Toddler Food Guide: When to Introduce New Foods

Certain foods have the potential to cause allergies and choking hazards, so be careful when giving them to your little ones as they age.

Introducing your child to new foods can seem risky, but rest assured that most foods are toddler-safe. "Toddlers can eat all the foods from all the basic food groups: fruits; veggies; dairy, meat, fish, and beans; and healthy fats," says Parents advisor Elisa Zied, M.S., R.D.N., C.D.N., and author of Feed Your Family Right! But a few foods are best introduced when toddlers reach certain stages of development. Find out what these exceptions are and when they are best incorporated in your child's diet.

What to Introduce When


When to introduce it: 12 Months

Babies benefit from the nutrients in breast milk or formula during their first year, but transitioning to whole milk after your toddler's first birthday passes supplies him with healthy fats that are important for development. Limit servings of milk and milk products to half a cup at a time, so toddlers won't fill up on liquids.


When to introduce it: 12 Months

Keep your child away from this sweet stuff until he is at least 1 year old. "Honey is not recommended for infants," Zied says. "For those under the age of 12 months, it can cause botulism -- a (toxic) illness that can potentially be fatal." Honey's sticky texture also makes it a choking hazard for toddlers, so never serve a spoonful. Instead, bake honey into dishes or drizzle 1/4 to 1/2 tablespoon on toddler-size foods as a natural sweetener.


When to introduce them: 18 Months

Raisins tend to clump together, making them a choking hazard for toddlers, who have smaller airways. Allow your child to eat raisins starting at 18 months, and only if they are served one at a time and in small portions, about 2 tablespoons or less.


When to introduce them: 18 Months

As your toddler's teeth start to come in, she can start eating harder foods such as chopped or thinly sliced vegetables. A good rule of thumb is to dice crunchy veggies, like carrots and green peppers, to the size of frozen peas. First servings should be about 1 to 2 tablespoons and increase by 1 tablespoon for each year of your child's age.


When to introduce it: 24 Months

Toddlers can switch from whole milk to reduced-fat milk as their growth rate starts to slow down, at around age 2. "They don't need as much fat as they did when they were younger," Zied says. But if there is a history of obesity, high cholesterol, or heart disease in the family, ask your pediatrician about switching to reduced-fat milk earlier than 24 months.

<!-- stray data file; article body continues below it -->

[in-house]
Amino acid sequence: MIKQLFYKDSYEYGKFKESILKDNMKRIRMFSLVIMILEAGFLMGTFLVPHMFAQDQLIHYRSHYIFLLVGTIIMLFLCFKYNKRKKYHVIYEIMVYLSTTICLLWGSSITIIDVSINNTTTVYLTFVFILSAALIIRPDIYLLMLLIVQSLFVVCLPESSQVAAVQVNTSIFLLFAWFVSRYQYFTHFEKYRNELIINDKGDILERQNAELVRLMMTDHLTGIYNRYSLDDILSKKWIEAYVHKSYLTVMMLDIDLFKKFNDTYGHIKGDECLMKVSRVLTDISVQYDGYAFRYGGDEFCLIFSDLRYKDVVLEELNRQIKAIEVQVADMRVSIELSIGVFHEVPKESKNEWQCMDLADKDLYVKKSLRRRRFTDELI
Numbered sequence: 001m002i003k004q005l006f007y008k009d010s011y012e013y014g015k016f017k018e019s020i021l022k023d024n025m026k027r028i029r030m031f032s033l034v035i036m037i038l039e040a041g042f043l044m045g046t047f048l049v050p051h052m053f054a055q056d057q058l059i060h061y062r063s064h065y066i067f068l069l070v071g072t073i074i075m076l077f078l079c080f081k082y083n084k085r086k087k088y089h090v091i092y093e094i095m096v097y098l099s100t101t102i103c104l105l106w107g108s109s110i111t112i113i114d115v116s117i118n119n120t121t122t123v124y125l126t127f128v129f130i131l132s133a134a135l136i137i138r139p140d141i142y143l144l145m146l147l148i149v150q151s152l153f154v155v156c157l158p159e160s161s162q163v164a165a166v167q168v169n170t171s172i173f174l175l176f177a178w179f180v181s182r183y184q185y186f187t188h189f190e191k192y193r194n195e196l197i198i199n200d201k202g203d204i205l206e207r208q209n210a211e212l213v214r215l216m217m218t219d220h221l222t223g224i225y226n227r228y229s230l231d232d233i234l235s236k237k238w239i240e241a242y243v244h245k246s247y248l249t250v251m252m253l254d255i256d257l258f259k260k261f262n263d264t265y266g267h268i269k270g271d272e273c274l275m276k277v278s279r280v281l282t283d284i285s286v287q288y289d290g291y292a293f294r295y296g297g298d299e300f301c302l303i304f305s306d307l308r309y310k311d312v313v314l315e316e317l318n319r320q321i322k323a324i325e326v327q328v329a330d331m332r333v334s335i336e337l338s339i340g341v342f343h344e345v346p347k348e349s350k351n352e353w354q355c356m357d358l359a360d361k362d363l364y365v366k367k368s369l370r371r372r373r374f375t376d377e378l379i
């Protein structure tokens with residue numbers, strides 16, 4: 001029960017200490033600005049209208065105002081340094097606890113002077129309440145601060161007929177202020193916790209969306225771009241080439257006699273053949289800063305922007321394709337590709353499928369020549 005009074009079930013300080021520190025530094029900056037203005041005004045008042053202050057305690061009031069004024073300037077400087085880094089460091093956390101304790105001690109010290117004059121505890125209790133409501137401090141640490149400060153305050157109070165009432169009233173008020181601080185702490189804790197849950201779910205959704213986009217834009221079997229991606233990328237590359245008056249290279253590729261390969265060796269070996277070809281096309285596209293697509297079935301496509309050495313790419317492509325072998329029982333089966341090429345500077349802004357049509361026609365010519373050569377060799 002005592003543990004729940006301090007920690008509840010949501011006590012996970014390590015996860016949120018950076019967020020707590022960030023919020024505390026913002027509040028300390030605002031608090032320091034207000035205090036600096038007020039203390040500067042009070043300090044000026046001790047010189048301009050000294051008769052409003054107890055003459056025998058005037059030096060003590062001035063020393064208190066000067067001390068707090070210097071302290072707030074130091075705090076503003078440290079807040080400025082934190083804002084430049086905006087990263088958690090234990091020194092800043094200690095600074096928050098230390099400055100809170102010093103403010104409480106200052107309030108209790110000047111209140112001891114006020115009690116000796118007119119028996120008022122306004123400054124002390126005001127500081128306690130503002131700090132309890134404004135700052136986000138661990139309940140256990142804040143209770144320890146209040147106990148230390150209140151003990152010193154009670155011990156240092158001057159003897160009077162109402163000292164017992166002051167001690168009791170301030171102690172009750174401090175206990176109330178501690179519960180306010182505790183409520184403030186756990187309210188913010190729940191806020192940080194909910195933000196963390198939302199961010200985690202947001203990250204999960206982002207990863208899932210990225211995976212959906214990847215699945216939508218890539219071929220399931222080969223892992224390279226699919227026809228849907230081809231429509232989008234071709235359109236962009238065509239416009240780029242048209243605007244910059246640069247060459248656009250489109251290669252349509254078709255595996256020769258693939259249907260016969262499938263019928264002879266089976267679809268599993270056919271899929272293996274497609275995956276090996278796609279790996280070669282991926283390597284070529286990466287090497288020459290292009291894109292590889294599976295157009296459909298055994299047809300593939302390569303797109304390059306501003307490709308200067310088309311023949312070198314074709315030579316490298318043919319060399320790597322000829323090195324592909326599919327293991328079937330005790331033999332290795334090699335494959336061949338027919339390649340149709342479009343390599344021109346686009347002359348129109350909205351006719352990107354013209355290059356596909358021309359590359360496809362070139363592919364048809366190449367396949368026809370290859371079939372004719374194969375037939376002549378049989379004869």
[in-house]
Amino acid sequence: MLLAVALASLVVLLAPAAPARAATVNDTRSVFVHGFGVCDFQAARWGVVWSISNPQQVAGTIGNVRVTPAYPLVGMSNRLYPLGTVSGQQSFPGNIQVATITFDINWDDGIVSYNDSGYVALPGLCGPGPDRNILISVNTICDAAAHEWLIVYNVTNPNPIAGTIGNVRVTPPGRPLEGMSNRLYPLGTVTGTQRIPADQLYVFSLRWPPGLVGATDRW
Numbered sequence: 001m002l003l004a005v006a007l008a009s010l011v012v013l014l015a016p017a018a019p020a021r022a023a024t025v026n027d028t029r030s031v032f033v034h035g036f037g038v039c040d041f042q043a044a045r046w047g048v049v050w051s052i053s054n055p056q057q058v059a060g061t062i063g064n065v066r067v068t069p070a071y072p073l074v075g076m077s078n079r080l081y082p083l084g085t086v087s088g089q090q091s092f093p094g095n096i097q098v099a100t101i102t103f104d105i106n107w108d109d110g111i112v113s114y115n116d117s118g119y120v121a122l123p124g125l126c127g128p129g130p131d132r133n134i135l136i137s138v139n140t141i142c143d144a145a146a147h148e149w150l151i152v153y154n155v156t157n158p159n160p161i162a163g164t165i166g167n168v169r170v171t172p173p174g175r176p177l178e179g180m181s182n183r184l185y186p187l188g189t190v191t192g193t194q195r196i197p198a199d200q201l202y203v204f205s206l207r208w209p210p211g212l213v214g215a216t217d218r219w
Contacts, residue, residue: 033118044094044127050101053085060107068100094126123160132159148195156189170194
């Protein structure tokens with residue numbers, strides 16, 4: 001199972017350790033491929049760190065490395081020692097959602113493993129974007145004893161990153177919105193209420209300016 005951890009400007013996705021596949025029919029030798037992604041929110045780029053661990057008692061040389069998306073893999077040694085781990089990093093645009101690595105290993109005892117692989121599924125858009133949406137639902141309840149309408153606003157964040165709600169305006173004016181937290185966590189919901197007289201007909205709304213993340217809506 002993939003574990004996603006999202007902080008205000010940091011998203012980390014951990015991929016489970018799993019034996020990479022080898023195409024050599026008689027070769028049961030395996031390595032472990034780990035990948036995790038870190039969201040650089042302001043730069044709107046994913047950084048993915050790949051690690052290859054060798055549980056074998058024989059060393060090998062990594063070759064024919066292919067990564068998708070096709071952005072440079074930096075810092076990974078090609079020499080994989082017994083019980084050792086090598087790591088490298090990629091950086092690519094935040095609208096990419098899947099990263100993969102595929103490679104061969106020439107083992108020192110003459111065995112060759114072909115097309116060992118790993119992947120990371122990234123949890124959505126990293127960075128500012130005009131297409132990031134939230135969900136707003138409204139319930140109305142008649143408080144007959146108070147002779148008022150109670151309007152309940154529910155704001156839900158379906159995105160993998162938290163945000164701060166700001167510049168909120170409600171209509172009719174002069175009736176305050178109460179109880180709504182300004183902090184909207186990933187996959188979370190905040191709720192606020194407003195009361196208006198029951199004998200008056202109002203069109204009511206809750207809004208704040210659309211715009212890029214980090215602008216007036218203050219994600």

Other Foods You Should Be Careful With

Toddlers should be gradually eased into eating harder, more textured food over time, but some foods can still pose a serious choking risk even for skilled eaters. "It's a gray area. You have to know your child; watching your child is key," says Sarah Krieger, R.D.N., a nutritionist and spokesperson for the Academy of Nutrition and Dietetics. Here are some foods that parents should delay introducing or prepare in a way that's more manageable for small mouths.

Hard or Chewy Foods

Because toddlers could choke on any food, always supervise them while they eat, encourage them to chew slowly, and make sure they sit at a table. The foods below are best avoided until your child is age 4 or older.

- Popcorn

- Nuts

- Hard candy

- Chewing gum

- Marshmallows

Safely Prepared Round Foods

It's best to slice round foods into pieces 1/4-inch or smaller before serving.

- Grapes

- Cherry tomatoes

- Olives

Safely Prepared Hard-to-Chew Foods

- Hot dogs (slice lengthwise and crosswise before serving)

- Meat and poultry (cook until very soft and dice before serving)

- Nut butters (serve only as a very thin layer spread on foods that toddlers can already tolerate)

- Celery (chop into 1/4-inch pieces before serving)

- String cheese (cut into cubes before serving)

Common Foods That Cause Allergies

Doctor recommendations for introducing high-allergen foods to children have changed. The American Academy of Pediatrics now recommends that infants eat these foods as early as 4 to 6 months if there is no family history of food allergies. (It's still best to continue avoiding foods that cause choking hazards, like nuts.) Before introducing any of the foods below to your toddler, consult your pediatrician because a family history of allergies may increase risk of allergy for your child.

According to the Academy of Nutrition and Dietetics, the most common high-allergen foods are:

- Milk

- Eggs

- Wheat

- Corn

- Peanuts

- Soy

- Tree Nuts

- Seeds

- Shellfish

- Fish

Watch out for allergies to other foods, too. "Anybody can develop an allergy to any given food at any given time," Krieger warns. It's best to introduce new foods to a child's diet one at a time, every few days. Isolating the introduction of new foods makes it easy to track the source of an allergic reaction, if one occurs. Remember that every child is different, so always consult your pediatrician or a registered dietitian to determine what's best for your toddler.

All content on this Web site, including medical opinion and any other health-related information, is for informational purposes only and should not be considered to be a specific diagnosis or treatment plan for any individual situation. Use of this site and the information contained herein does not create a doctor-patient relationship. Always seek the direct advice of your own doctor in connection with any questions or issues you may have regarding your own health or the health of others.

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